I wrote a post in February 2015 about what 90% productivity looks like. I received a comment that my math was wrong. I put the amount of billable minutes (432) for an 8-hour day (480 minutes) into a 9-hour day (540 minutes). It looked pretty challenging to achieve, but that was actually 80% productive!
While preparing for a talk I am delivering to graduate students, I sat down and I crunched the numbers again. I checked and rechecked the numbers.
This is what 90% productivity looks like
This is freakin’ impossible. There are tears in my eyes. This is not what patient-centered care looks like. This is now what a healthy work environment looks like.
90% Productivity for an 8-hour day looks like this:
8 hours = 480 minutes
90% billable time = 432 treatment minutes
10 patients a day means an average of 43 minutes per patient
This example* assumes a therapist only spends 3 minutes in between patients (to transport patients, switch out materials, and walk to next patient), which would be record speed since most buildings I have worked in have had 4 wings or floors with 100+ beds to traverse. This example also assumes all patients would benefit from the exact same number of treatment minutes.
8:00-8:05 Drop personal things off, pick up today’s schedule, gather materials for first patient, walk to patient
8:05-8:48 Patient number 1
8:51-9:34 Patient number 2
9:37-10:20 Patient number 3
10:23-11:06 Patient number 4
11:09-11:52 Patient number 5
11:55-12:25 Clock out for lunch and bathroom break.
12:25-12:28 Obtain materials for next patient, walk to patient
12:28-1:11 Patient number 6
1:14-1:57 Patient number 7
2:00-2:43 Patient number 8
2:46-3:29 Patient number 9
3:32-4:17 Patient number 10 (this one is 45 minutes to add the extra 2 minutes needed to have 432 treatment minutes a day)
4:20-4:30 Document session notes and time to complete non-billable necessary tasks
I have talked to some therapists (or seen comments on forums) who say 90% is a challenge, but it is achievable. If that’s you, please educate me. How do you achieve 90% productivity? If my math isn’t accurate, please correct me (I almost hope it isn’t accurate). This is impossible, right?
Non-billable tasks include:
- Calling families to update on status and recommendations for discharge planning.
- Attend care plan meetings with families, nursing staff, social worker, doctor, etc to discuss status and discharge planning.
- Complete screenings of patients who have been admitted to the building recently, annual screenings, or nursing concerns.
- Complete evaluations and obtain standardized scores.
- Write up evaluations, discharge summaries, weekly progress notes, 30 day recertifications, etc.
- Attend therapy team meetings to discuss status, collaborate to improve patients outcomes, etc.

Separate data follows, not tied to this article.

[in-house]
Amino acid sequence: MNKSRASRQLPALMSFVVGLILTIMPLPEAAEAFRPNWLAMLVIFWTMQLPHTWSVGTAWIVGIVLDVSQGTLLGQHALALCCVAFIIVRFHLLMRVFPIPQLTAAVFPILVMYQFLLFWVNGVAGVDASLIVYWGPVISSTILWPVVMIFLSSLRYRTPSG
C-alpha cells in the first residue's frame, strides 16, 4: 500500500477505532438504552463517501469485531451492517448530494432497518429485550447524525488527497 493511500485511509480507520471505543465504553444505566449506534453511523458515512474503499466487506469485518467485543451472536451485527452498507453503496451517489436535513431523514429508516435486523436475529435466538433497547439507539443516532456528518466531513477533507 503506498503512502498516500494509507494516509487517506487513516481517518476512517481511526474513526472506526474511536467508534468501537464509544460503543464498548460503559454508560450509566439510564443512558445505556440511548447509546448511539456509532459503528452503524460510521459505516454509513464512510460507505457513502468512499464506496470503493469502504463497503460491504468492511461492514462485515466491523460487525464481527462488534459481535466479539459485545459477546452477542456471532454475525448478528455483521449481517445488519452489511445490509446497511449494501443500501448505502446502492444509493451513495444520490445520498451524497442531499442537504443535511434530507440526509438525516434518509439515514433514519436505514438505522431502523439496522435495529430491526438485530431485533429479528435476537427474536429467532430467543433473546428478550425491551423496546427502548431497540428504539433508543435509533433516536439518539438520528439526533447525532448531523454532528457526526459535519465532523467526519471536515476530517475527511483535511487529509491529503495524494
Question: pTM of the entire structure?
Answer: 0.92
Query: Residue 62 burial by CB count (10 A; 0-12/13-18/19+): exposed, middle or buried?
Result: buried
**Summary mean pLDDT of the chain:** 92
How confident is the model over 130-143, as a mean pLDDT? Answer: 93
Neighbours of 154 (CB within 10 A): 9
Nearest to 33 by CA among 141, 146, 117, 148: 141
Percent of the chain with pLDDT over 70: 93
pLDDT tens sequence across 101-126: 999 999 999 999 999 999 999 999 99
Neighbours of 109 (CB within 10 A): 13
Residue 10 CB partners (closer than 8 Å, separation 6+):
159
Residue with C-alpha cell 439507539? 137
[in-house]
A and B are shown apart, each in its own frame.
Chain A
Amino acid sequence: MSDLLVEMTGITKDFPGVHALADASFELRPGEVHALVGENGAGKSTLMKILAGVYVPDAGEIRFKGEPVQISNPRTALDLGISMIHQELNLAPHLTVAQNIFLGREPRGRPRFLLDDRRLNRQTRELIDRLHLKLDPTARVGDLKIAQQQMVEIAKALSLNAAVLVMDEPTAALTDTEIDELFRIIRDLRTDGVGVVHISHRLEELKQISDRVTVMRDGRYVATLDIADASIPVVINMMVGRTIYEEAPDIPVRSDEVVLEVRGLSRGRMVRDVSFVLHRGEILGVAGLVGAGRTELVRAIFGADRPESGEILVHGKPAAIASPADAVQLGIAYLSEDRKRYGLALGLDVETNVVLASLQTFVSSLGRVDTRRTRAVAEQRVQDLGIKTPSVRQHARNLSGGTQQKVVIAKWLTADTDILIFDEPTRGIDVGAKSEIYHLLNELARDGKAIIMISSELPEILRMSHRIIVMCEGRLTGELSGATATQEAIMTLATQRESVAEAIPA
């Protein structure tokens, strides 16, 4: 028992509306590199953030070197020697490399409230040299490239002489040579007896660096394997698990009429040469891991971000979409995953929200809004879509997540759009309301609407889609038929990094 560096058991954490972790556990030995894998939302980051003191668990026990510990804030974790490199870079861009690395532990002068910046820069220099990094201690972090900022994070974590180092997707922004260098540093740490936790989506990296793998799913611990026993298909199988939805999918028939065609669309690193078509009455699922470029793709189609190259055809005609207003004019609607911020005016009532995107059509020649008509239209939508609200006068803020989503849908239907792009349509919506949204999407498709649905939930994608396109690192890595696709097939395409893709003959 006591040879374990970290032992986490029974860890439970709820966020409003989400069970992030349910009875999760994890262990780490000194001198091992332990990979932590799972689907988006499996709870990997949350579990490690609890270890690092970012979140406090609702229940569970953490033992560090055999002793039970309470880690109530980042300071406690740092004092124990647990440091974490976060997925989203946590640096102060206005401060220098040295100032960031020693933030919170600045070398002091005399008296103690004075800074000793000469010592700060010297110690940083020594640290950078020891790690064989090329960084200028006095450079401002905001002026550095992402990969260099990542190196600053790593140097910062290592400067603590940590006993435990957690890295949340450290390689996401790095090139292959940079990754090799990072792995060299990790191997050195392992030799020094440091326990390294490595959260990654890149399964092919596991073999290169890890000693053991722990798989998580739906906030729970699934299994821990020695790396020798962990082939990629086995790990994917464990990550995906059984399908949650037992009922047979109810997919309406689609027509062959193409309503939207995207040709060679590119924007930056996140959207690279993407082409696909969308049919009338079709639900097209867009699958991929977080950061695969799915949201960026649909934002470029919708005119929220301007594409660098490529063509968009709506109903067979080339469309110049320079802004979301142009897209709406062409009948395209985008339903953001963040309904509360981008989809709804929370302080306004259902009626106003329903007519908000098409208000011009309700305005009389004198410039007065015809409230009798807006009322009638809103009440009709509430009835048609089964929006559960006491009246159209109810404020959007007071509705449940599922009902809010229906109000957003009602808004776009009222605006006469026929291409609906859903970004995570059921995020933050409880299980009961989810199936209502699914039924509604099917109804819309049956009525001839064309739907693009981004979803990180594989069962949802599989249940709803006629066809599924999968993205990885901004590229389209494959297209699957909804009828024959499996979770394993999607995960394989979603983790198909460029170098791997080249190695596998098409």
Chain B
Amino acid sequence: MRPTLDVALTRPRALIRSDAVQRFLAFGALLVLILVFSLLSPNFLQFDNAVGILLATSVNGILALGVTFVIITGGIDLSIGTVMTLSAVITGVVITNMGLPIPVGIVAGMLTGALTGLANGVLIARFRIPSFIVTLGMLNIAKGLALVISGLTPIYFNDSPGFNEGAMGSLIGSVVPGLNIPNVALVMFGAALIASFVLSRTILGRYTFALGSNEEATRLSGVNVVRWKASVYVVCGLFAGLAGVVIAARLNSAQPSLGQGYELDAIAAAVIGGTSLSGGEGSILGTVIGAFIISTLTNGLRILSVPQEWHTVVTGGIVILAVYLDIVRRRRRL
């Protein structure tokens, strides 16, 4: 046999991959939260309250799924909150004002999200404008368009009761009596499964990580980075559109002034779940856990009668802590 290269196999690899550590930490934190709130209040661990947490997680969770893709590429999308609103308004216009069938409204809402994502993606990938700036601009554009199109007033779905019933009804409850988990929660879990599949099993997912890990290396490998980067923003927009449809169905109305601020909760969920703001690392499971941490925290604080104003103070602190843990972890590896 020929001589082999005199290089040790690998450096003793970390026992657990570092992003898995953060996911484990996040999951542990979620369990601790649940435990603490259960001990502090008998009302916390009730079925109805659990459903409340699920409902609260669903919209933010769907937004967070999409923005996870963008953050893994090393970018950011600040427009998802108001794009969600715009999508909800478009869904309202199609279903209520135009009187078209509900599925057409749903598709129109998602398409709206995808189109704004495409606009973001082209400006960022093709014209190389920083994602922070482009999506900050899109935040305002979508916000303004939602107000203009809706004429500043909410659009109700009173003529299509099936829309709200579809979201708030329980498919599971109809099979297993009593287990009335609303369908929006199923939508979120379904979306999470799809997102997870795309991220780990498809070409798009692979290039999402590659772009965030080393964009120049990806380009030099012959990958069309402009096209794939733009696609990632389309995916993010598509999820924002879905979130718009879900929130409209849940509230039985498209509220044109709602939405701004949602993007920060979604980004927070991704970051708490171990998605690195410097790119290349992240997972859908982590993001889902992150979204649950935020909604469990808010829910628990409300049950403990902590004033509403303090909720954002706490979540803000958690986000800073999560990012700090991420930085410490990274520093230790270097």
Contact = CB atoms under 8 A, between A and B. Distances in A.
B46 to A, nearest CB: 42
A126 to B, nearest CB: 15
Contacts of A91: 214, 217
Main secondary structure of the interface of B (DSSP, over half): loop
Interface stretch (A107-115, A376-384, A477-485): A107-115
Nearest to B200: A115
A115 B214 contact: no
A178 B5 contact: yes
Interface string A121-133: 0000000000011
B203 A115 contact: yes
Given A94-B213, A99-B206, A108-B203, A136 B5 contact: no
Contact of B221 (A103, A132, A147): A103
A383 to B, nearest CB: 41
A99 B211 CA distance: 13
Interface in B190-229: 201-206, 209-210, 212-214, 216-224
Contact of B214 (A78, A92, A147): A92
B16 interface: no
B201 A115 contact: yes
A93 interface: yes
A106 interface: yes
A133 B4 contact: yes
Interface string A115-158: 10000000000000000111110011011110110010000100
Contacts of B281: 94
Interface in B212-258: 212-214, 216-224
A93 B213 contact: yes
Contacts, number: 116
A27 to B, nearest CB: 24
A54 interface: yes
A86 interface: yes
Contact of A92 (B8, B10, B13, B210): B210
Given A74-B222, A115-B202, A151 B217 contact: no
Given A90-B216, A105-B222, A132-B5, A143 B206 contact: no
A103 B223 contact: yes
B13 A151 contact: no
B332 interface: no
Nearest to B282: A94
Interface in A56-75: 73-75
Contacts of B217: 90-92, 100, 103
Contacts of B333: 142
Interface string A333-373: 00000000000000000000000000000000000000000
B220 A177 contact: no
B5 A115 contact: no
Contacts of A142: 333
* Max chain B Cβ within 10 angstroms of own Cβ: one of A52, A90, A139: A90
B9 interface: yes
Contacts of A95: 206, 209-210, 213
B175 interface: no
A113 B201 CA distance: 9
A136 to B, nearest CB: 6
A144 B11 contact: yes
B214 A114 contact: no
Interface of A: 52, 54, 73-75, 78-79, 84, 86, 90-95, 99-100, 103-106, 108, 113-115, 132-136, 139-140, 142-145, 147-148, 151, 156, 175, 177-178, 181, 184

- Consult with other professionals (SLPs, social workers, psychiatrists, psychologists, etc) regarding complex patient cases.
- Write orders updating treatment frequency and duration.
- Write orders and educate nurses and CNAs regarding diet texture and consistency changes.
- Obtain patient records from modified barium swallow studies, prior speech therapy, gastrointestinal specialists, otolaryngologists, etc. to update plan of care.
- Problem solve behavior and communication challenges and train nurses and CNAs to provide appropriate level of cueing and assistance to maximize independence and while maintaining safety.
- Complete inservice trainings with new staff or current staff at regular intervals to ensure that appropriate referrals are being made and staff is equipped with skills to manage dysphagia and cognitive-communication disorders.
- Troubleshoot computer and documentation software issues. I have never worked with software that was so buggy as the documentation software used by therapists in SNFs.
- Copy and prepare materials for therapy, such as patient education handouts and obtaining food for trials from the kitchen.
- Supervise graduate student interns or clinical fellows.
- File paper copies of progress notes, evaluations, recertifications, and discharge summaries in paper charts.
- Complete company required continuing education.
- Reading email and written notes from managers (often about failure to meet productivity expectations) or having meetings with managers about failure to meet productivity requirements.
- Performance reviews and other human resources related activities.
These non-billable tasks are important and make a difference in patient outcomes.
**This schedule does not account for the 10-15 minute paid breaks that many states grant workers for every 4 hour period work. Google “paid rest break” + your state to learn more about your state’s laws.
***Very seldom does a schedule go as smoothly as this schedule. Often a therapist will go to see a patient and they will be in the shower, out for a doctor’s appointment, working with another healthcare professional, visiting with family, refuse, etc. Which means therapists are walking to the patient’s room. Finding they are not there. Then they have to consult with CNAs and nurses to locate the patient. The therapist is unable to see the patient, but spent 10 minutes trying to locate the patient. Then the therapist goes to the next patient. Rarely does a SNF have a schedule for therapy. Therapists are given names and required minutes for the day, and it’s essentially a free for all.
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